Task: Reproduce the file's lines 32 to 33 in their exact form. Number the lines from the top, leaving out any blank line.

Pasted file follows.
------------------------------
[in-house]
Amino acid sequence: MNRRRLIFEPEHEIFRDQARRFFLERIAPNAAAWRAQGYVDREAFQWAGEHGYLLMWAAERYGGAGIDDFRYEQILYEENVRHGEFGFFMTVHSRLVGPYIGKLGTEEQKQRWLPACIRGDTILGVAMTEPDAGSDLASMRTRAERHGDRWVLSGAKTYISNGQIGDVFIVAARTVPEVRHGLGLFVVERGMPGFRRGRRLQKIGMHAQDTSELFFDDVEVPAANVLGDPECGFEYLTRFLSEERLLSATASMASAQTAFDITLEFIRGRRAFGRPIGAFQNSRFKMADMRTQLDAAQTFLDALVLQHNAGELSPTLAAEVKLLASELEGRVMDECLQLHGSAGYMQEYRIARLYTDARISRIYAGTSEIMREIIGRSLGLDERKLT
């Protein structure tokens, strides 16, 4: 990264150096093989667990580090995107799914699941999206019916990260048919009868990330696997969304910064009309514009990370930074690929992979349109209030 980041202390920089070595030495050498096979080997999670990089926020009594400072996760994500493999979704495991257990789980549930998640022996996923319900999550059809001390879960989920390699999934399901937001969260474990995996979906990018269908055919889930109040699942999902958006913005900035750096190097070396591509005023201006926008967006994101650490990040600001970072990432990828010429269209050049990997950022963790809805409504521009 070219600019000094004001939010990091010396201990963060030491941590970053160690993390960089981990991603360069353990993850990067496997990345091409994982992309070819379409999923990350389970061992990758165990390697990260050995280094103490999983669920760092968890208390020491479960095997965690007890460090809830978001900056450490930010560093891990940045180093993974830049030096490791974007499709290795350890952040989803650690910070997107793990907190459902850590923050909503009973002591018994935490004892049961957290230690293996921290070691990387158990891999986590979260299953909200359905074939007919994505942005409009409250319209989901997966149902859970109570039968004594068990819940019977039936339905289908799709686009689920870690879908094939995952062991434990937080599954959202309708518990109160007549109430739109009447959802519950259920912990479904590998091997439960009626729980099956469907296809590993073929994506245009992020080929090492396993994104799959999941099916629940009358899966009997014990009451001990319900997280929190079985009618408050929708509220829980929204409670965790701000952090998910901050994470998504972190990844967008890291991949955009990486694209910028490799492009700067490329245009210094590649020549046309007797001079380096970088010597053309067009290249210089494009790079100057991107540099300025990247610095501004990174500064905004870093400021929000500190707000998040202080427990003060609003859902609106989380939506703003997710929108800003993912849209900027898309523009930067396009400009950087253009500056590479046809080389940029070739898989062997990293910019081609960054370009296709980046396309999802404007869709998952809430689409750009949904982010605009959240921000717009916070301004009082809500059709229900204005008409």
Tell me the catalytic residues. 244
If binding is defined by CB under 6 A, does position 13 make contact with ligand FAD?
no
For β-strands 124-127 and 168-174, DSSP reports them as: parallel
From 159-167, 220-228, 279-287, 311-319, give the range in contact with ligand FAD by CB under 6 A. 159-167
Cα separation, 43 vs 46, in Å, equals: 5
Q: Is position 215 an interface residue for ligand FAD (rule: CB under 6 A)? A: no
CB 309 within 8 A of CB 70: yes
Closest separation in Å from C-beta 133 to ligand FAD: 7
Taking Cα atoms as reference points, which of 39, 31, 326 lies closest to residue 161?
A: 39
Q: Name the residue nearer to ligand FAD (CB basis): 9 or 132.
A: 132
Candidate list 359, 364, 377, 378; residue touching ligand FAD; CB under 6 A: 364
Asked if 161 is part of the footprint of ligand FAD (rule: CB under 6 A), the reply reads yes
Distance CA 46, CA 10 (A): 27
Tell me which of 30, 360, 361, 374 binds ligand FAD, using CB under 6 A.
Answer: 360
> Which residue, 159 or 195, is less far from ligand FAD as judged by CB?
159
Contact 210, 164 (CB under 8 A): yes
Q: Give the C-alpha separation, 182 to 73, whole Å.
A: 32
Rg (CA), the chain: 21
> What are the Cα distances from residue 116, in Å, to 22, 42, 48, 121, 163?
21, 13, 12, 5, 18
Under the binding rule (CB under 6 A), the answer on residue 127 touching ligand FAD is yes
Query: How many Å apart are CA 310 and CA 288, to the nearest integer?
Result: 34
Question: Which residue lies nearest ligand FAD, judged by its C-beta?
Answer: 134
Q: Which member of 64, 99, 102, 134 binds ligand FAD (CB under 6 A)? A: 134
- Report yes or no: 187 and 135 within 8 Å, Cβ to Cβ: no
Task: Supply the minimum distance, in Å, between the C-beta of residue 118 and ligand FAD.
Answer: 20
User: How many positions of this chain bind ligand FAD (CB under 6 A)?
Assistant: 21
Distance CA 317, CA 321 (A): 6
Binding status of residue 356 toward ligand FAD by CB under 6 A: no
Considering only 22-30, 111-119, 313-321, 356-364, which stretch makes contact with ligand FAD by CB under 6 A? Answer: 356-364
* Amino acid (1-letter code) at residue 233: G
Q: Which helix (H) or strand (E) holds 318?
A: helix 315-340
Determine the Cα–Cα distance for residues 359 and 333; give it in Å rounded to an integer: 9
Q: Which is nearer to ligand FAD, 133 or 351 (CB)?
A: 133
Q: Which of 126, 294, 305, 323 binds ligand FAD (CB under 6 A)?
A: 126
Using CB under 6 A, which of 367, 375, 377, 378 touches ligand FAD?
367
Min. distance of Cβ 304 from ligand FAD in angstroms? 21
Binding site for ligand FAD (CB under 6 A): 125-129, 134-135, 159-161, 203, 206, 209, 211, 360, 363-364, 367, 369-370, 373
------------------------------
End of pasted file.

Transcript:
Result: 34
Question: Which residue lies nearest ligand FAD, judged by its C-beta?